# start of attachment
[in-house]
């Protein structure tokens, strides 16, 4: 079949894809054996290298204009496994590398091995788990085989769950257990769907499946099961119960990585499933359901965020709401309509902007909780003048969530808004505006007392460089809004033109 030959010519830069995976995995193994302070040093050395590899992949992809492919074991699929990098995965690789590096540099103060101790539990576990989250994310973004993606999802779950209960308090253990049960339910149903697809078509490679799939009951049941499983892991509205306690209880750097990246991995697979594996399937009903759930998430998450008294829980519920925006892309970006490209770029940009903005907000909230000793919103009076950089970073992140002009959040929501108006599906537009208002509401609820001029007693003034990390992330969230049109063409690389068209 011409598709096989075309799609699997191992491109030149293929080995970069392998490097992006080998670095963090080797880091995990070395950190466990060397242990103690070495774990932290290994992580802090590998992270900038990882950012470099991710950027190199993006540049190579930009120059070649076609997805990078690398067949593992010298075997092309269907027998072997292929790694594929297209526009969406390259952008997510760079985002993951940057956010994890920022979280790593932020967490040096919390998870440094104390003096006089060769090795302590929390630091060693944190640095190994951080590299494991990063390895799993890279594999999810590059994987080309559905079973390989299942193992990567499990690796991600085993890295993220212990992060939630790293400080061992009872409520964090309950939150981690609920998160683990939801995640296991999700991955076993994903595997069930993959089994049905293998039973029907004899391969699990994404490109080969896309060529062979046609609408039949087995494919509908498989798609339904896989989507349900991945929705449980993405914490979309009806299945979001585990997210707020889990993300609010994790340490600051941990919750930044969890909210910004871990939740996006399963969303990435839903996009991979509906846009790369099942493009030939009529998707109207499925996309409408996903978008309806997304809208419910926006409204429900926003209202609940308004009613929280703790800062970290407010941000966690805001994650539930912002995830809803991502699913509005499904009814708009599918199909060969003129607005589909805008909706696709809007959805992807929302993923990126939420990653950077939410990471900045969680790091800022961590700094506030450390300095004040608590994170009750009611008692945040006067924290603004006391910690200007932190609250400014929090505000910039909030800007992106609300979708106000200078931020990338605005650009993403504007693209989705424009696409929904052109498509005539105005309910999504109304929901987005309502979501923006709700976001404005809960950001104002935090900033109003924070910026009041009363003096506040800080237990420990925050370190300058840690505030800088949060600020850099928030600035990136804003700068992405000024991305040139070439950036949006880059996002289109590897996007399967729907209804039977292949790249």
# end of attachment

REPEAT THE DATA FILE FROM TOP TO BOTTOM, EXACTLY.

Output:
[in-house]
């Protein structure tokens, strides 16, 4: 079949894809054996290298204009496994590398091995788990085989769950257990769907499946099961119960990585499933359901965020709401309509902007909780003048969530808004505006007392460089809004033109 030959010519830069995976995995193994302070040093050395590899992949992809492919074991699929990098995965690789590096540099103060101790539990576990989250994310973004993606999802779950209960308090253990049960339910149903697809078509490679799939009951049941499983892991509205306690209880750097990246991995697979594996399937009903759930998430998450008294829980519920925006892309970006490209770029940009903005907000909230000793919103009076950089970073992140002009959040929501108006599906537009208002509401609820001029007693003034990390992330969230049109063409690389068209 011409598709096989075309799609699997191992491109030149293929080995970069392998490097992006080998670095963090080797880091995990070395950190466990060397242990103690070495774990932290290994992580802090590998992270900038990882950012470099991710950027190199993006540049190579930009120059070649076609997805990078690398067949593992010298075997092309269907027998072997292929790694594929297209526009969406390259952008997510760079985002993951940057956010994890920022979280790593932020967490040096919390998870440094104390003096006089060769090795302590929390630091060693944190640095190994951080590299494991990063390895799993890279594999999810590059994987080309559905079973390989299942193992990567499990690796991600085993890295993220212990992060939630790293400080061992009872409520964090309950939150981690609920998160683990939801995640296991999700991955076993994903595997069930993959089994049905293998039973029907004899391969699990994404490109080969896309060529062979046609609408039949087995494919509908498989798609339904896989989507349900991945929705449980993405914490979309009806299945979001585990997210707020889990993300609010994790340490600051941990919750930044969890909210910004871990939740996006399963969303990435839903996009991979509906846009790369099942493009030939009529998707109207499925996309409408996903978008309806997304809208419910926006409204429900926003209202609940308004009613929280703790800062970290407010941000966690805001994650539930912002995830809803991502699913509005499904009814708009599918199909060969003129607005589909805008909706696709809007959805992807929302993923990126939420990653950077939410990471900045969680790091800022961590700094506030450390300095004040608590994170009750009611008692945040006067924290603004006391910690200007932190609250400014929090505000910039909030800007992106609300979708106000200078931020990338605005650009993403504007693209989705424009696409929904052109498509005539105005309910999504109304929901987005309502979501923006709700976001404005809960950001104002935090900033109003924070910026009041009363003096506040800080237990420990925050370190300058840690505030800088949060600020850099928030600035990136804003700068992405000024991305040139070439950036949006880059996002289109590897996007399967729907209804039977292949790249």